It’s clear that we need protein for muscle recovery and growth, along with resistance training to stimulate muscles to grow, but could leafy greens give you an extra edge in building muscle strength and size? It’s an intriguing idea that has science behind it.
According to a new study, adding more greens to your plate could improve how your muscles function. The study looked at data on over 3,759 Australians as part of a larger research study. The data spanned 12 years. If you love green, leafy vegetables, you’ll like the results. The analysis found that people who ate the most leafy greens, rich in nitrates, had lower limb muscles that were 11% stronger than those who ate less. They also had a 4% faster walking speed.
It’s the Nitrates
Why leafy greens? Some leafy greens contain high levels of nitrates, chemicals that convert to nitric oxide, a gas that helps improve blood vessel function. Nitrates do this by expanding arteries that carry oxygenated blood to the muscles. Higher levels of nitric oxide production within a blood vessel are linked with better blood vessel function and a lower risk of blood clots forming. Plus, when arteries open up easier, it lowers blood pressure as there’s less resistance to blood flow.
More blood flow and more oxygen to working muscles also means better exercise performance, right? Studies also show nitrates reduce the amount of oxygen muscles need to do the same amount of work. That’s why adding more greens to your diet can give your muscles a boost.
Plus, leafy greens are rich in other compounds that have health benefits. A rich source of magnesium and potassium, these two minerals play a key role in blood pressure control and are important for heart health. For example, magnesium and potassium affect electrical impulses that affect your heart rate. Leafy greens are an excellent way to get both minerals.
One group of people who have problems with muscle function and exercise tolerance are people with heart failure, a condition where their heart doesn’t pump with enough force to meet the body’s oxygen requirements. Studies show people with heart failure don’t produce enough nitric oxide, so muscles don’t get adequate oxygen delivery. Can nitrates help? In a study, patients with heart failure who drank beetroot juice, naturally rich in nitrates, enjoyed improvements in muscle power and walking speed. Supply your muscles with nitrates from leafy greens has benefits!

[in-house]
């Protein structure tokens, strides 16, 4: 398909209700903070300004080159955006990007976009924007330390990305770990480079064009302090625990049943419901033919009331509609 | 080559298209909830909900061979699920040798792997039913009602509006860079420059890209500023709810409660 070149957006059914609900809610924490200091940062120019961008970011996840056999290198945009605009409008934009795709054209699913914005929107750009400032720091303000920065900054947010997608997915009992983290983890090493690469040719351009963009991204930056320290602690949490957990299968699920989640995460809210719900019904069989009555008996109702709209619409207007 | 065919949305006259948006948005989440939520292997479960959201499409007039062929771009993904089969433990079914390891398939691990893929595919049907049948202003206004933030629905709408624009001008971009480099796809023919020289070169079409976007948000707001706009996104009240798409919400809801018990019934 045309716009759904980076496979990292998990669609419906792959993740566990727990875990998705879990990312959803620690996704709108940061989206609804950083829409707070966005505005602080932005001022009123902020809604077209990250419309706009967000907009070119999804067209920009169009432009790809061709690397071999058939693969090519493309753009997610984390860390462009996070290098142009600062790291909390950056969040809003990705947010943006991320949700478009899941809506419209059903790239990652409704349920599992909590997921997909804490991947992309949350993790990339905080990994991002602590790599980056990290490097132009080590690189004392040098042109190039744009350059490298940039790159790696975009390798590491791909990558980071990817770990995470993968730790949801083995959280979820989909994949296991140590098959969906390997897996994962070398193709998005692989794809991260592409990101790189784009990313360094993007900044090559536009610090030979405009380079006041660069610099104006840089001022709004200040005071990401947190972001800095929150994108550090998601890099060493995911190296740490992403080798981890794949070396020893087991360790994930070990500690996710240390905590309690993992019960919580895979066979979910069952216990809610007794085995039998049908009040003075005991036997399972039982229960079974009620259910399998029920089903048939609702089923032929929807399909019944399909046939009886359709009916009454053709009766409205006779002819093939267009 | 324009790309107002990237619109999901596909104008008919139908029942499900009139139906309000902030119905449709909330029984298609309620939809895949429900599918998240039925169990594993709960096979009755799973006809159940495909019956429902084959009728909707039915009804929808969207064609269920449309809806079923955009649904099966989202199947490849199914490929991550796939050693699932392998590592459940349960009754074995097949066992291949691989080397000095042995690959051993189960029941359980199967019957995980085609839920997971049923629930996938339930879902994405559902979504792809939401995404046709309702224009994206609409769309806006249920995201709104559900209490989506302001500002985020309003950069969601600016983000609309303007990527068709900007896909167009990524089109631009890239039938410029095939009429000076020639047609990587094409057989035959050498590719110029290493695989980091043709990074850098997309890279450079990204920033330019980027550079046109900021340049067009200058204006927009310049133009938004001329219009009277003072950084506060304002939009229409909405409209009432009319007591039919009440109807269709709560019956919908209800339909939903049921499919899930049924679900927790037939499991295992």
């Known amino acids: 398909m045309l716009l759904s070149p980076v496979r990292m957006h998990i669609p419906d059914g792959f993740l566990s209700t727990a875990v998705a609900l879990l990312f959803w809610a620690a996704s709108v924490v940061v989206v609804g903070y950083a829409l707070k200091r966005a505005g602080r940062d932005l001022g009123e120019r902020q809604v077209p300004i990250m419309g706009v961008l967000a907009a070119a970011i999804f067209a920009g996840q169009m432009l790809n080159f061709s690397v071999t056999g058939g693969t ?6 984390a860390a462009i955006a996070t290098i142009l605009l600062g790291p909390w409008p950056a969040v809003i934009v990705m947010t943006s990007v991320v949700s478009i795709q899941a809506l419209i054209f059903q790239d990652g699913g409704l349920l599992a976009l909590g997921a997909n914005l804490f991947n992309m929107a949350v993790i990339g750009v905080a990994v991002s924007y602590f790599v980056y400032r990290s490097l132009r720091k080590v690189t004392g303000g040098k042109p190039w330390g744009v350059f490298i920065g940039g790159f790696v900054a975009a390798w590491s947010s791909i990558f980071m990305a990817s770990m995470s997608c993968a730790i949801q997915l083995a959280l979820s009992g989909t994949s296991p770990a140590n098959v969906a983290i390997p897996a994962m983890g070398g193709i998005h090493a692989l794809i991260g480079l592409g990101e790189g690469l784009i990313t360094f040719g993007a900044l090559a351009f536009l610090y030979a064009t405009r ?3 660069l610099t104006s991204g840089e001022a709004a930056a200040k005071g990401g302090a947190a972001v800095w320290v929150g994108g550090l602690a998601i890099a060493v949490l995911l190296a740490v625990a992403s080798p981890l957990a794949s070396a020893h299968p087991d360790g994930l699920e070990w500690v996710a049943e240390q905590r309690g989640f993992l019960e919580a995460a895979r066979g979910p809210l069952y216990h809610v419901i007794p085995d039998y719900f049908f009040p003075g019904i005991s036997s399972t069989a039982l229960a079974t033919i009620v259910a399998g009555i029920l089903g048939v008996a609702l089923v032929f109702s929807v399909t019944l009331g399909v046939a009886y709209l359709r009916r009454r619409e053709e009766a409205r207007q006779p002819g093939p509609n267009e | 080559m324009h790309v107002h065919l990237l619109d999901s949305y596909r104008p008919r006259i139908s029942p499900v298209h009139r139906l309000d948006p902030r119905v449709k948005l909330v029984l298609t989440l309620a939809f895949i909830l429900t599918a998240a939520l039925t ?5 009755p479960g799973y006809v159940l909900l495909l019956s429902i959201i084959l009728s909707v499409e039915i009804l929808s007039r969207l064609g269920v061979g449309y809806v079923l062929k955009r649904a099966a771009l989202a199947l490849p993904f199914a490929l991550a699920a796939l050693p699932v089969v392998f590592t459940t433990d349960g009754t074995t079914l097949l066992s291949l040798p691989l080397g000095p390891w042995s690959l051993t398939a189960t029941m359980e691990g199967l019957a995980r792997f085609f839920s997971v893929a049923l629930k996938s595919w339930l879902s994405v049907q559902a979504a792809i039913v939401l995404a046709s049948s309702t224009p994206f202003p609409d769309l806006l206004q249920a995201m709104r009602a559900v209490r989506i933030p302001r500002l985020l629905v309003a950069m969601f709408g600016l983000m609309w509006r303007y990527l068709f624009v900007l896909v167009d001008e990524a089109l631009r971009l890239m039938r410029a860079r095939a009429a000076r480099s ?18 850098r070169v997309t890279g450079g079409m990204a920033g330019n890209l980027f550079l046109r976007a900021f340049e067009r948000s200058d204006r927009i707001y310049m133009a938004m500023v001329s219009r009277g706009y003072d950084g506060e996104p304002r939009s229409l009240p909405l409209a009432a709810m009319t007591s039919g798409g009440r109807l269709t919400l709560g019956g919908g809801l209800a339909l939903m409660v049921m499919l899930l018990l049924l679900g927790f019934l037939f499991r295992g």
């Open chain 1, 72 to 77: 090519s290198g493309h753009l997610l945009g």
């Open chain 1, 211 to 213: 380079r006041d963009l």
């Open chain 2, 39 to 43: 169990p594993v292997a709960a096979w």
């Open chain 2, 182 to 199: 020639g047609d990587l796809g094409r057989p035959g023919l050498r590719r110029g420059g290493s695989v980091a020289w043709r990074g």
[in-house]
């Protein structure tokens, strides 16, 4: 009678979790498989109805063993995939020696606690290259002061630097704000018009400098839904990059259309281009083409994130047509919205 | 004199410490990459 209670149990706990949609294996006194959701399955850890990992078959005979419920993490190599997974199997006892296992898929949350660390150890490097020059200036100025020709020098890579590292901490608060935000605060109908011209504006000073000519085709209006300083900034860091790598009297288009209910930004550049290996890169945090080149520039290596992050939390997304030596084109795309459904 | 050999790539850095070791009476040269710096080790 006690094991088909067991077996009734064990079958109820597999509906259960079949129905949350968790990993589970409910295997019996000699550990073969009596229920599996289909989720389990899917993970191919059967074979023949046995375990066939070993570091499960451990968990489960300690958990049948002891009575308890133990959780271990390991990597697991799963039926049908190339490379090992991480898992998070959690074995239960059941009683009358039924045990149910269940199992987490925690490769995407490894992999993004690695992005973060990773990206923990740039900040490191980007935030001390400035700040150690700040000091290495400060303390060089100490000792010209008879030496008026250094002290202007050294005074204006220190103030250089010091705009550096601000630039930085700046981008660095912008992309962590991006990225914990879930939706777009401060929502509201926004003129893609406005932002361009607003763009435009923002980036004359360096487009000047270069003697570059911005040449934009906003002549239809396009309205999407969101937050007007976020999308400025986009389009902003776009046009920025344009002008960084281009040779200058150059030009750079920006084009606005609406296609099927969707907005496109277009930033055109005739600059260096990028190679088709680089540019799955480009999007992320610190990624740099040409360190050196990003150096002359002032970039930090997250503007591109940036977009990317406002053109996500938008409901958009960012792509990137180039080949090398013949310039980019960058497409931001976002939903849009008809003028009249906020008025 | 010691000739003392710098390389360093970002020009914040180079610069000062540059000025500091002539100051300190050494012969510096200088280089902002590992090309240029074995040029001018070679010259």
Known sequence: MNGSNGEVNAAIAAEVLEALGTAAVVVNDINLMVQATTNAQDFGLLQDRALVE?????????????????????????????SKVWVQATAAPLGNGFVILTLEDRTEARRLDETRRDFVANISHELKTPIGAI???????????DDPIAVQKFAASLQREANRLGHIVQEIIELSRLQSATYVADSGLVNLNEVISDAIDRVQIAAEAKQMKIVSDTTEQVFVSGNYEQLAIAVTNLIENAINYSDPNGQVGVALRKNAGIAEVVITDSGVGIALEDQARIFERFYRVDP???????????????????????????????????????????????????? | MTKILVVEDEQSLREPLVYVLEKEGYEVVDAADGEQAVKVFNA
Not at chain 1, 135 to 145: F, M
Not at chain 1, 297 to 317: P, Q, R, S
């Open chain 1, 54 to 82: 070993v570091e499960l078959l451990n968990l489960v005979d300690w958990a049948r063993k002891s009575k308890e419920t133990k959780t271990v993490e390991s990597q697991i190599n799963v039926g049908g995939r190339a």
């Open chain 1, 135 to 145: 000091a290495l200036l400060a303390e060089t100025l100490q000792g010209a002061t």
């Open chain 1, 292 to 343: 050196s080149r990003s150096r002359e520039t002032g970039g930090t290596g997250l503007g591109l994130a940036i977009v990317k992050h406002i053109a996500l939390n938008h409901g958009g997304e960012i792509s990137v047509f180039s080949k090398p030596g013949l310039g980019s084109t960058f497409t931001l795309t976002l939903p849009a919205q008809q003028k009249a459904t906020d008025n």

Some Leafy Greens May Be More Beneficial than Others
Some leafy greens are a better source of nitrates than others. The best options include spinach, Swiss chard, kale, cabbage, arugula, and beet greens. Plus, beetroot source is a concentrated source of nitrates that blood vessels convert to nitric oxide. Processed meats, like salami and bacon, are cured with nitrates but these aren’t the healthiest way to stimulate nitric oxide production by your blood vessels. Stick to natural sources, like greens.
In studies in rats, consuming more leafy greens improved their fatty acid profiles. Leafy greens contain polyunsaturated fats that studies show are heart-healthy. They also contain a higher ratio of omega-3 fatty acids to omega-6 and that’s more favorable for heart health since a higher omega-3 to omega-6 ratio reduces the body’s inflammatory response.
Leafy greens are also an excellent source of fiber. Surprisingly, most people in Western countries only get about half the fiber experts recommend for good health. These recommendations are 25 grams of fiber daily for women and 38 grams each day for men.
The fiber in leafy greens may also help with weight loss. Not only are leafy greens nutrient-dense and low in calories, research shows their fiber helps with satiety. A study found that consuming 14 grams of additional fiber each day for longer than 2 days was linked with a reduction in calorie intake of 10%. If you’re trying to lose weight, fiber and protein are your allies.
The Bottom Line
Eat a balanced diet and include enough protein and calories in your diet to support muscle growth and prevent the loss of strength and muscle mass that comes with aging. But don’t forget to add leafy greens to your plate too. By increasing nitric oxide production by your blood vessels, they help your muscles get more of the oxygen they need to make ATP and to perform their best. Help yourself to several servings since you don’t absorb all of the nitrates from the food you eat. One study found between 11% and 41% enters your body.
Expand your horizons by eating a variety of greens and learn new ways to prepare them, so you’ll never grow tired of them. Most leafy greens are a delicious source of nitrates and supply other nutrients and phytonutrients too. They’re too packed with benefits to leave out of your diet!
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